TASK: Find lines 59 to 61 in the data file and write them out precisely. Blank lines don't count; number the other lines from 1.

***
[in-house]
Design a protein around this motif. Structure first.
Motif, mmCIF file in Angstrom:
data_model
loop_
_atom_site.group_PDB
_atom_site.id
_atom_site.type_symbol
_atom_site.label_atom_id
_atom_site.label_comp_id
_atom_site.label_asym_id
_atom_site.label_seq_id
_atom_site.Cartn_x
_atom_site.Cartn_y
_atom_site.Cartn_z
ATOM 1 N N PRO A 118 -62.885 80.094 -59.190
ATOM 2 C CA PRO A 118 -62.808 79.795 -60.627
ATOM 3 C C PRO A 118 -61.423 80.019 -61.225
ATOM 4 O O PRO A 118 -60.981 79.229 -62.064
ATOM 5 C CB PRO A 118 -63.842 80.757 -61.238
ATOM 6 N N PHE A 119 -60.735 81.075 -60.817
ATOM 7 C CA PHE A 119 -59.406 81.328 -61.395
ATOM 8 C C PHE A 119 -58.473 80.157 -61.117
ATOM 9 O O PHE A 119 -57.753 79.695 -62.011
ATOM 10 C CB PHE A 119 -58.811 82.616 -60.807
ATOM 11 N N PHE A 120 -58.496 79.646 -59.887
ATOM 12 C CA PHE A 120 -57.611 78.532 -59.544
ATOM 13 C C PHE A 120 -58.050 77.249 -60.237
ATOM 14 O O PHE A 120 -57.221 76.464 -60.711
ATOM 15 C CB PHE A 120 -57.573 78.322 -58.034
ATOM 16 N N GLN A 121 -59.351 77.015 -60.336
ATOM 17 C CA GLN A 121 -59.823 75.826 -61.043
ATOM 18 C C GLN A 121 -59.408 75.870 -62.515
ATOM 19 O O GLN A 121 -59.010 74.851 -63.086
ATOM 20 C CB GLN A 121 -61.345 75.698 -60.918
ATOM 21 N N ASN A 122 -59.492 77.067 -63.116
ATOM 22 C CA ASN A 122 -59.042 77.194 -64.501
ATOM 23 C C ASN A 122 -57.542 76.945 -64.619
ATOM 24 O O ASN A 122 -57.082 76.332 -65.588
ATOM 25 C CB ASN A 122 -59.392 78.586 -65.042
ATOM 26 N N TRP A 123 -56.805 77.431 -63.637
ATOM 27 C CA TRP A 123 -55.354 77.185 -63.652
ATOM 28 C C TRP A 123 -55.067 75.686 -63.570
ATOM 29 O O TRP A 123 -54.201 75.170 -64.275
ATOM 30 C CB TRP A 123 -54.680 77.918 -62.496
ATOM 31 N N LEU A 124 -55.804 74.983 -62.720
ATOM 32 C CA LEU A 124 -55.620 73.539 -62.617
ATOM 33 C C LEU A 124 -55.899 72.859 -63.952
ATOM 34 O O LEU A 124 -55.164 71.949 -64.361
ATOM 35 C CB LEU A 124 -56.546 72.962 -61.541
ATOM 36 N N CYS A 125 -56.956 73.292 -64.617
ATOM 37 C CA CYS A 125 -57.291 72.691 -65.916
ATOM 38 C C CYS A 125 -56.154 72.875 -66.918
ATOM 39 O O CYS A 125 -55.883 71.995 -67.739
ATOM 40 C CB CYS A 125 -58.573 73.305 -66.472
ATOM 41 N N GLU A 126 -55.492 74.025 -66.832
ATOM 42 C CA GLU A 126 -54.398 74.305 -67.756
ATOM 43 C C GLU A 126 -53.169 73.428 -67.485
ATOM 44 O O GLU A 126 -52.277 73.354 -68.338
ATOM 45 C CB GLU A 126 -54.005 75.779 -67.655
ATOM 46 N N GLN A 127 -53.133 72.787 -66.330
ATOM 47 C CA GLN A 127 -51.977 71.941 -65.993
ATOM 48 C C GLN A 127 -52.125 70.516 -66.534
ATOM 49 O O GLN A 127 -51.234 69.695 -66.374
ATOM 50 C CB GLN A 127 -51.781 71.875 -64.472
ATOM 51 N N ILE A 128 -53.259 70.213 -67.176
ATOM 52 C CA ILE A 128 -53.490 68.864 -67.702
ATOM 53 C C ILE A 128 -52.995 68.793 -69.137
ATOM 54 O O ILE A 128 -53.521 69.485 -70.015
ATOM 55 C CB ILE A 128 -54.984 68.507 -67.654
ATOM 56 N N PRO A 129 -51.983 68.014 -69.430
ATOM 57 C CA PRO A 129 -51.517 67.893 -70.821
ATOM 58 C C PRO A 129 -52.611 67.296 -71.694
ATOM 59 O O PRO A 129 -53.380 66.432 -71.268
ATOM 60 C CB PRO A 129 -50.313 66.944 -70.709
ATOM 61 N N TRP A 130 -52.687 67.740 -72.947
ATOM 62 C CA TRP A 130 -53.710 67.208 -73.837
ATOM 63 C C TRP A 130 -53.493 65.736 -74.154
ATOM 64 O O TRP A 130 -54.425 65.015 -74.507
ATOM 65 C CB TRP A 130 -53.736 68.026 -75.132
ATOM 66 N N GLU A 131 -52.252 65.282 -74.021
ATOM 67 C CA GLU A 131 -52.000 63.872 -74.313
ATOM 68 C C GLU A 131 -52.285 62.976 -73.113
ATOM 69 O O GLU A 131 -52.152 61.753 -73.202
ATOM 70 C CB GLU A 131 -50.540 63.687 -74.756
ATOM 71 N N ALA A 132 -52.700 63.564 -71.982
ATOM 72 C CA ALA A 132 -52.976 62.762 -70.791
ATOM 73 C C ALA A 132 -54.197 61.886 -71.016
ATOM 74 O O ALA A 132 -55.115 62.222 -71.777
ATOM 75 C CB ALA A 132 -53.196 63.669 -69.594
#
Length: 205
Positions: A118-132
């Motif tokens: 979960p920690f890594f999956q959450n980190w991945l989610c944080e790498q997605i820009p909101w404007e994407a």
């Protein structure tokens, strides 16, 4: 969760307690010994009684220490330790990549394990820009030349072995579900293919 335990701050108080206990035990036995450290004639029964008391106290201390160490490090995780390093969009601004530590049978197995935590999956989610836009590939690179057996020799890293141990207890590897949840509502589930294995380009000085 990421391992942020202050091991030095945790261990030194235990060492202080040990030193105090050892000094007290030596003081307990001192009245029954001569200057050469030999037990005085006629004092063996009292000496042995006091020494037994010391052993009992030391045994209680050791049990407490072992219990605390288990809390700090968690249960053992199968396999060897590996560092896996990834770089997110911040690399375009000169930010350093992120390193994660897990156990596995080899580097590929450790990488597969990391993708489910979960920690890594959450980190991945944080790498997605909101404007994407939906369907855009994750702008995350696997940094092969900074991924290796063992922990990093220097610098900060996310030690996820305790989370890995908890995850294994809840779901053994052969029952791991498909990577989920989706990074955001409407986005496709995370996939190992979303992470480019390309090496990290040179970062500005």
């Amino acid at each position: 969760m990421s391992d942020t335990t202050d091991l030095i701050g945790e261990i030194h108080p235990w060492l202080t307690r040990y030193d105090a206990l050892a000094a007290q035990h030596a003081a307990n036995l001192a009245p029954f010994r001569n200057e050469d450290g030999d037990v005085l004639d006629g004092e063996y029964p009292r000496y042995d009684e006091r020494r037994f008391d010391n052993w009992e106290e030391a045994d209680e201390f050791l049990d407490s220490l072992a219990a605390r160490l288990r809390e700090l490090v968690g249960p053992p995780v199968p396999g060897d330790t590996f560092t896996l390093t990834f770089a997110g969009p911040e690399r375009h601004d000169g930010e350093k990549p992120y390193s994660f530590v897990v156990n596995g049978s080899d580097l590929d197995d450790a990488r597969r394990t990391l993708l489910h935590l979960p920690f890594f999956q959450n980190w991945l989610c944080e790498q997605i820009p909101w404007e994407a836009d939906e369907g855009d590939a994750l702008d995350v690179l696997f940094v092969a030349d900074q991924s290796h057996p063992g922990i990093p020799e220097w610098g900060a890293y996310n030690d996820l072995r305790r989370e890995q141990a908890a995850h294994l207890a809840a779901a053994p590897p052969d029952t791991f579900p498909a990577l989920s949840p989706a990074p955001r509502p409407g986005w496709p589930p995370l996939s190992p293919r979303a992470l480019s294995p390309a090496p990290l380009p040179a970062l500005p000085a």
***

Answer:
ATOM 44 O O GLU A 126 -52.277 73.354 -68.338
ATOM 45 C CB GLU A 126 -54.005 75.779 -67.655
ATOM 46 N N GLN A 127 -53.133 72.787 -66.330